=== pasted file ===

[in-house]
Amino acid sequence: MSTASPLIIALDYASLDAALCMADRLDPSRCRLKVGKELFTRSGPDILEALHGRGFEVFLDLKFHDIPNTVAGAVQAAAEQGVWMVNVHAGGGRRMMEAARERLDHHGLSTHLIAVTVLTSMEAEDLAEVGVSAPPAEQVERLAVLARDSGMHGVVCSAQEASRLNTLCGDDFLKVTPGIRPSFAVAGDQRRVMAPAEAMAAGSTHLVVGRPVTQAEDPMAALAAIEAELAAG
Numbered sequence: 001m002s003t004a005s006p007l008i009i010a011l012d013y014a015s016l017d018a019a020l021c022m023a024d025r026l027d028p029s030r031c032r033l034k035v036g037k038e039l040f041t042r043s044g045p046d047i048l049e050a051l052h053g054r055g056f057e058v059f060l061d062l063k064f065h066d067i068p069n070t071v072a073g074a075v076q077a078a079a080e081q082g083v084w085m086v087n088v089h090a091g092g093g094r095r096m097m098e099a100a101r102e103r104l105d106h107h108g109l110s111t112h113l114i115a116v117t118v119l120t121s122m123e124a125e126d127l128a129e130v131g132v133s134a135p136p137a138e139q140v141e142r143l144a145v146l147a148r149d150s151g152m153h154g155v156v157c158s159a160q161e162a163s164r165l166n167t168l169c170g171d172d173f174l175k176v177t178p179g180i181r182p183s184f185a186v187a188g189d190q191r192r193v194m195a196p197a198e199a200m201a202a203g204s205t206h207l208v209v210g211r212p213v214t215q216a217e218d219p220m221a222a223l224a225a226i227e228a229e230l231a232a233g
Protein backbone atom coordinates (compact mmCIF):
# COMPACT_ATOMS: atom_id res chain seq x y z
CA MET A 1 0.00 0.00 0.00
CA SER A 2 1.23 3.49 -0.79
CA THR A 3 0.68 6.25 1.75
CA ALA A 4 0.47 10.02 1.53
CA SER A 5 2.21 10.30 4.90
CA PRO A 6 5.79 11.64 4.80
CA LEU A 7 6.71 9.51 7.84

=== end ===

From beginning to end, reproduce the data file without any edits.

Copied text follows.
[in-house]
Amino acid sequence: MSTASPLIIALDYASLDAALCMADRLDPSRCRLKVGKELFTRSGPDILEALHGRGFEVFLDLKFHDIPNTVAGAVQAAAEQGVWMVNVHAGGGRRMMEAARERLDHHGLSTHLIAVTVLTSMEAEDLAEVGVSAPPAEQVERLAVLARDSGMHGVVCSAQEASRLNTLCGDDFLKVTPGIRPSFAVAGDQRRVMAPAEAMAAGSTHLVVGRPVTQAEDPMAALAAIEAELAAG
Numbered sequence: 001m002s003t004a005s006p007l008i009i010a011l012d013y014a015s016l017d018a019a020l021c022m023a024d025r026l027d028p029s030r031c032r033l034k035v036g037k038e039l040f041t042r043s044g045p046d047i048l049e050a051l052h053g054r055g056f057e058v059f060l061d062l063k064f065h066d067i068p069n070t071v072a073g074a075v076q077a078a079a080e081q082g083v084w085m086v087n088v089h090a091g092g093g094r095r096m097m098e099a100a101r102e103r104l105d106h107h108g109l110s111t112h113l114i115a116v117t118v119l120t121s122m123e124a125e126d127l128a129e130v131g132v133s134a135p136p137a138e139q140v141e142r143l144a145v146l147a148r149d150s151g152m153h154g155v156v157c158s159a160q161e162a163s164r165l166n167t168l169c170g171d172d173f174l175k176v177t178p179g180i181r182p183s184f185a186v187a188g189d190q191r192r193v194m195a196p197a198e199a200m201a202a203g204s205t206h207l208v209v210g211r212p213v214t215q216a217e218d219p220m221a222a223l224a225a226i227e228a229e230l231a232a233g
Protein backbone atom coordinates (compact mmCIF):
# COMPACT_ATOMS: atom_id res chain seq x y z
CA MET A 1 0.00 0.00 0.00
CA SER A 2 1.23 3.49 -0.79
CA THR A 3 0.68 6.25 1.75
CA ALA A 4 0.47 10.02 1.53
CA SER A 5 2.21 10.30 4.90
CA PRO A 6 5.79 11.64 4.80
CA LEU A 7 6.71 9.51 7.84